The built environment and cognitive disorders: Results from the Cognitive Function and Ageing Study II

Yu-Tzu Wu, A. Matthew Prina, Andy Jones, Fiona E. Matthews, Carol Brayne

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Introduction: Features of built environment have been related to behavior modification and might stimulate cognitive activity with a potential impact on cognitive health in later life. The aim of this study is to investigate cross-sectional associations between features of land use, cognitive impairment and dementia and also explore urban and rural differences in these associations.

Methods: Postcodes of the 7505 community-based participants (age 65+) in the Cognitive Function and Ageing Study II (collected in 2008–2011) were linked to environmental data from government statistics. A multilevel logistic regression was used to investigate associations between cognitive impairment (defined as MMSE≤25), dementia (GMS-AGECAT organicity level≥3) and land use features, including natural environment availability and land use mix, fitting interaction terms with three rural/urban categories. Data were analyzed in 2015.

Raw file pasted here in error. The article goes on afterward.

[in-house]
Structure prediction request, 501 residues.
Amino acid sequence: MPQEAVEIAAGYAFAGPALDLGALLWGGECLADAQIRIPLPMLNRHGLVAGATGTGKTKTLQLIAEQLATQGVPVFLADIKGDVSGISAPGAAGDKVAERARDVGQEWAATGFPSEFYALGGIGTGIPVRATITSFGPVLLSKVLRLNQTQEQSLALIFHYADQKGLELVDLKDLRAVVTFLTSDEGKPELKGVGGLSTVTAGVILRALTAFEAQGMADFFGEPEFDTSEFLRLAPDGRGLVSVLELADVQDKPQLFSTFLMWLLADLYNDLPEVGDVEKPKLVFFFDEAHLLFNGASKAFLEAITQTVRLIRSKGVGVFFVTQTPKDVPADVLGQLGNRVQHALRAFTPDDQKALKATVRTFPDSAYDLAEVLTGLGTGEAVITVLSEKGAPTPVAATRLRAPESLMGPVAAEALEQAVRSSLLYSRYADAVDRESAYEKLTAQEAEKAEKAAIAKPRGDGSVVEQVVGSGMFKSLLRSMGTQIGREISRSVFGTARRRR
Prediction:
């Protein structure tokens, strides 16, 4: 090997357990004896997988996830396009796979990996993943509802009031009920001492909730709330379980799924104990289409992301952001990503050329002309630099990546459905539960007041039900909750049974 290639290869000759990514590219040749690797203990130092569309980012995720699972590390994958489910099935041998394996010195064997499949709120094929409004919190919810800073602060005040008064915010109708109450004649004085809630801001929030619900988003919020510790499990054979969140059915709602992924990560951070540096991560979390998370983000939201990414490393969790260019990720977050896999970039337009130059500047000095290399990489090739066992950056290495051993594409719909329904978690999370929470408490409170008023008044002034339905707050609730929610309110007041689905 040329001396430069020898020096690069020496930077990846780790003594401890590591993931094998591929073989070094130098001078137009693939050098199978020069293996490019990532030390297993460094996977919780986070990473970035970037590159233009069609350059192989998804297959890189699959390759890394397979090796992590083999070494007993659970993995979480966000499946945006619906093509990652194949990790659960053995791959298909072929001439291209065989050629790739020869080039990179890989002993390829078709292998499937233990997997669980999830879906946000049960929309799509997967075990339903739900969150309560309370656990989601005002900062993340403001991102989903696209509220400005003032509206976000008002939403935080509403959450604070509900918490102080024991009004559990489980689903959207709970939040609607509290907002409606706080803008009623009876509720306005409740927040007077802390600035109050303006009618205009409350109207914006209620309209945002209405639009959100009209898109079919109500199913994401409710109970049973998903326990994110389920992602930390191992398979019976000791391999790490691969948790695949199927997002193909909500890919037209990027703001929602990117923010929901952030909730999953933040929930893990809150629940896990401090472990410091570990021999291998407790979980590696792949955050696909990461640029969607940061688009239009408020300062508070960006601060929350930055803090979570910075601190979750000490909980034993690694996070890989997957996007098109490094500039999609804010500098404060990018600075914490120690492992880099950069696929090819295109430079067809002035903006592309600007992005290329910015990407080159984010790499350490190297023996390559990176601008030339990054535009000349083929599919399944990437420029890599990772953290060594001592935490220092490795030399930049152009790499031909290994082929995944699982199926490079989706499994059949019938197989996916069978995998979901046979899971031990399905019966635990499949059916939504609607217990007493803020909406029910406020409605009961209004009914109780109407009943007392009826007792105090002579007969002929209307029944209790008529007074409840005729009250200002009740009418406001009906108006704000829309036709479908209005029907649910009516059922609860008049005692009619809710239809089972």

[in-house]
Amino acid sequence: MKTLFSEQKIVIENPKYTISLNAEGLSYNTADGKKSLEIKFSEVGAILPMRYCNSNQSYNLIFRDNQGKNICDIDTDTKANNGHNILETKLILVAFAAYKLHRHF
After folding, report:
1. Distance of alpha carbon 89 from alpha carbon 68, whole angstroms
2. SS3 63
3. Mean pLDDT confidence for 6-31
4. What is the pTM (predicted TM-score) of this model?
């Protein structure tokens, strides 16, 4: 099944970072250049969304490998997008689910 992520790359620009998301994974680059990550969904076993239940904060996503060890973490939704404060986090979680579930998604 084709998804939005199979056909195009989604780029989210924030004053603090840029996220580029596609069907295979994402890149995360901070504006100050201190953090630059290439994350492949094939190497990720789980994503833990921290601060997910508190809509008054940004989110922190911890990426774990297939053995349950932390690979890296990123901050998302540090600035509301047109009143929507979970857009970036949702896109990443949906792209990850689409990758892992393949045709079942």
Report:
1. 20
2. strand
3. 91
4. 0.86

Results: Associations between features of land use and cognitive impairment were not linear. After adjusting for individual-level factors and area deprivation, living in areas with high land use mix was associated with a nearly 30% decreased odds of cognitive impairment (OR: 0.72; 95%CI: 0.58, 0.89). This was similar, yet non-significant, for dementia (OR: 0.70; 95%CI: 0.46, 1.06). In urban conurbations, living in areas with high natural environment availability was associated with
30% reduced odds of cognitive impairment (OR: 0.70; 95%CI: 0.50, 0.97).

Conclusions: Non-linear associations between features of land use and cognitive impairment were confirmed in this new cohort of older people in England. Both a lack and overload of environmental stimulation may be detrimental to cognition in later life.
Original languageEnglish
Pages (from-to)25–32
Number of pages8
JournalAmerican Journal of Preventive Medicine
Issue number1
Early online date9 Jan 2017
Publication statusPublished - Jul 2017

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